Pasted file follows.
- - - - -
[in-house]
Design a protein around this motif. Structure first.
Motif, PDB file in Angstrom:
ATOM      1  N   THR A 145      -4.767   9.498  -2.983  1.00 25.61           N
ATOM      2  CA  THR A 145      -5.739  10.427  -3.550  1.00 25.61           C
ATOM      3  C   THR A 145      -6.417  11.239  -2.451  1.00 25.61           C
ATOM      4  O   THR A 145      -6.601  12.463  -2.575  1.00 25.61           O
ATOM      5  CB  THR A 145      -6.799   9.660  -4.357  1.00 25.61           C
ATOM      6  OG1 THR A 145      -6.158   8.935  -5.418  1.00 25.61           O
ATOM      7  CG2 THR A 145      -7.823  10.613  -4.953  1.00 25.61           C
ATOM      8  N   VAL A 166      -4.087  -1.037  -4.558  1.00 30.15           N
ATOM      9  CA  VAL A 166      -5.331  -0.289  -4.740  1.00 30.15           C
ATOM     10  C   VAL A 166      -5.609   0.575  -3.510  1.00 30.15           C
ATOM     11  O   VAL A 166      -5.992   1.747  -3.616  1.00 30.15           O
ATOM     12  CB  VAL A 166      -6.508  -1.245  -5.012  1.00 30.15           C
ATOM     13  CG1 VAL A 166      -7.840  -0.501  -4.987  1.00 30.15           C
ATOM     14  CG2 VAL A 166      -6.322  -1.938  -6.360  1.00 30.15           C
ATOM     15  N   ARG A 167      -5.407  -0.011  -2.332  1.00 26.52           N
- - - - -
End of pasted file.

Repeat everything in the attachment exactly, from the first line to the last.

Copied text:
[in-house]
Design a protein around this motif. Structure first.
Motif, PDB file in Angstrom:
ATOM      1  N   THR A 145      -4.767   9.498  -2.983  1.00 25.61           N
ATOM      2  CA  THR A 145      -5.739  10.427  -3.550  1.00 25.61           C
ATOM      3  C   THR A 145      -6.417  11.239  -2.451  1.00 25.61           C
ATOM      4  O   THR A 145      -6.601  12.463  -2.575  1.00 25.61           O
ATOM      5  CB  THR A 145      -6.799   9.660  -4.357  1.00 25.61           C
ATOM      6  OG1 THR A 145      -6.158   8.935  -5.418  1.00 25.61           O
ATOM      7  CG2 THR A 145      -7.823  10.613  -4.953  1.00 25.61           C
ATOM      8  N   VAL A 166      -4.087  -1.037  -4.558  1.00 30.15           N
ATOM      9  CA  VAL A 166      -5.331  -0.289  -4.740  1.00 30.15           C
ATOM     10  C   VAL A 166      -5.609   0.575  -3.510  1.00 30.15           C
ATOM     11  O   VAL A 166      -5.992   1.747  -3.616  1.00 30.15           O
ATOM     12  CB  VAL A 166      -6.508  -1.245  -5.012  1.00 30.15           C
ATOM     13  CG1 VAL A 166      -7.840  -0.501  -4.987  1.00 30.15           C
ATOM     14  CG2 VAL A 166      -6.322  -1.938  -6.360  1.00 30.15           C
ATOM     15  N   ARG A 167      -5.407  -0.011  -2.332  1.00 26.52           N